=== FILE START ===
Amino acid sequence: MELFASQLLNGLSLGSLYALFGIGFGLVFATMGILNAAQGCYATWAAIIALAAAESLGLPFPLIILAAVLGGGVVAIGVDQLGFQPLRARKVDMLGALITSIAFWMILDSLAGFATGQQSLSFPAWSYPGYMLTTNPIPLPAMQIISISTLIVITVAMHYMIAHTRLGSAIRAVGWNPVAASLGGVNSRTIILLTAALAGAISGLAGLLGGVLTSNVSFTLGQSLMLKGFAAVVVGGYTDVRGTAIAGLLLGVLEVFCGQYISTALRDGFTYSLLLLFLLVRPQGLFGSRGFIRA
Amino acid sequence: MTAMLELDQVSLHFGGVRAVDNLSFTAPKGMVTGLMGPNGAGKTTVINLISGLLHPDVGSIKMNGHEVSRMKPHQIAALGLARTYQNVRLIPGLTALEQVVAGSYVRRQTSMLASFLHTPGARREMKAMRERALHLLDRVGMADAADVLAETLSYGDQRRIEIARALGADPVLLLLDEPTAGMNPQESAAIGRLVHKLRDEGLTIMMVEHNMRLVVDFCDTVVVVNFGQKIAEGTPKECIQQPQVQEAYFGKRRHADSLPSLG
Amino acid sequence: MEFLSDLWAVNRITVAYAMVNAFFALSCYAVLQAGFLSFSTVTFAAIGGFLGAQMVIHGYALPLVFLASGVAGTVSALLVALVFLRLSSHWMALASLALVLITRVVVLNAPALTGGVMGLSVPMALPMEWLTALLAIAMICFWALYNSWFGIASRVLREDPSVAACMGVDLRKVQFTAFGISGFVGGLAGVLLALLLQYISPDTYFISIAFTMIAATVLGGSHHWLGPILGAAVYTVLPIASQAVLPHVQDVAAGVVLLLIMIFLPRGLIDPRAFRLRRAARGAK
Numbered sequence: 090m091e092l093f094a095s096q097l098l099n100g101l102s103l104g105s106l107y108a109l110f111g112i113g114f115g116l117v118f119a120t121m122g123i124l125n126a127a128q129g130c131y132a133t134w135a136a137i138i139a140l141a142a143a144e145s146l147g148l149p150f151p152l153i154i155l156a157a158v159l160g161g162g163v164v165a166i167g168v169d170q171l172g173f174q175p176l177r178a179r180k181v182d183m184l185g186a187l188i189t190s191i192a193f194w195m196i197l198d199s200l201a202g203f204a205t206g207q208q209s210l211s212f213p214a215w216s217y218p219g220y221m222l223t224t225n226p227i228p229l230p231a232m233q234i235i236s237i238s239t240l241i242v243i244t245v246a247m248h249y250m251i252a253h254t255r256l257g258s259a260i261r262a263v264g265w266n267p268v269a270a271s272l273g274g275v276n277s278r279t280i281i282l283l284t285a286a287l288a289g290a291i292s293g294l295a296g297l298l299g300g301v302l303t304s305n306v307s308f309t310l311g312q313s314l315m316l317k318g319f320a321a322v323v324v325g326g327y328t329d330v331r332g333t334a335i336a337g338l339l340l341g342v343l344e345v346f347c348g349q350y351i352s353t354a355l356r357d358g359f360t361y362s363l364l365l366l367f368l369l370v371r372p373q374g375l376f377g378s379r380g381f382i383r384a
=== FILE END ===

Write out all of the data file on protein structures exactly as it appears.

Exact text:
Amino acid sequence: MELFASQLLNGLSLGSLYALFGIGFGLVFATMGILNAAQGCYATWAAIIALAAAESLGLPFPLIILAAVLGGGVVAIGVDQLGFQPLRARKVDMLGALITSIAFWMILDSLAGFATGQQSLSFPAWSYPGYMLTTNPIPLPAMQIISISTLIVITVAMHYMIAHTRLGSAIRAVGWNPVAASLGGVNSRTIILLTAALAGAISGLAGLLGGVLTSNVSFTLGQSLMLKGFAAVVVGGYTDVRGTAIAGLLLGVLEVFCGQYISTALRDGFTYSLLLLFLLVRPQGLFGSRGFIRA
Amino acid sequence: MTAMLELDQVSLHFGGVRAVDNLSFTAPKGMVTGLMGPNGAGKTTVINLISGLLHPDVGSIKMNGHEVSRMKPHQIAALGLARTYQNVRLIPGLTALEQVVAGSYVRRQTSMLASFLHTPGARREMKAMRERALHLLDRVGMADAADVLAETLSYGDQRRIEIARALGADPVLLLLDEPTAGMNPQESAAIGRLVHKLRDEGLTIMMVEHNMRLVVDFCDTVVVVNFGQKIAEGTPKECIQQPQVQEAYFGKRRHADSLPSLG
Amino acid sequence: MEFLSDLWAVNRITVAYAMVNAFFALSCYAVLQAGFLSFSTVTFAAIGGFLGAQMVIHGYALPLVFLASGVAGTVSALLVALVFLRLSSHWMALASLALVLITRVVVLNAPALTGGVMGLSVPMALPMEWLTALLAIAMICFWALYNSWFGIASRVLREDPSVAACMGVDLRKVQFTAFGISGFVGGLAGVLLALLLQYISPDTYFISIAFTMIAATVLGGSHHWLGPILGAAVYTVLPIASQAVLPHVQDVAAGVVLLLIMIFLPRGLIDPRAFRLRRAARGAK
Numbered sequence: 090m091e092l093f094a095s096q097l098l099n100g101l102s103l104g105s106l107y108a109l110f111g112i113g114f115g116l117v118f119a120t121m122g123i124l125n126a127a128q129g130c131y132a133t134w135a136a137i138i139a140l141a142a143a144e145s146l147g148l149p150f151p152l153i154i155l156a157a158v159l160g161g162g163v164v165a166i167g168v169d170q171l172g173f174q175p176l177r178a179r180k181v182d183m184l185g186a187l188i189t190s191i192a193f194w195m196i197l198d199s200l201a202g203f204a205t206g207q208q209s210l211s212f213p214a215w216s217y218p219g220y221m222l223t224t225n226p227i228p229l230p231a232m233q234i235i236s237i238s239t240l241i242v243i244t245v246a247m248h249y250m251i252a253h254t255r256l257g258s259a260i261r262a263v264g265w266n267p268v269a270a271s272l273g274g275v276n277s278r279t280i281i282l283l284t285a286a287l288a289g290a291i292s293g294l295a296g297l298l299g300g301v302l303t304s305n306v307s308f309t310l311g312q313s314l315m316l317k318g319f320a321a322v323v324v325g326g327y328t329d330v331r332g333t334a335i336a337g338l339l340l341g342v343l344e345v346f347c348g349q350y351i352s353t354a355l356r357d358g359f360t361y362s363l364l365l366l367f368l369l370v371r372p373q374g375l376f377g378s379r380g381f382i383r384a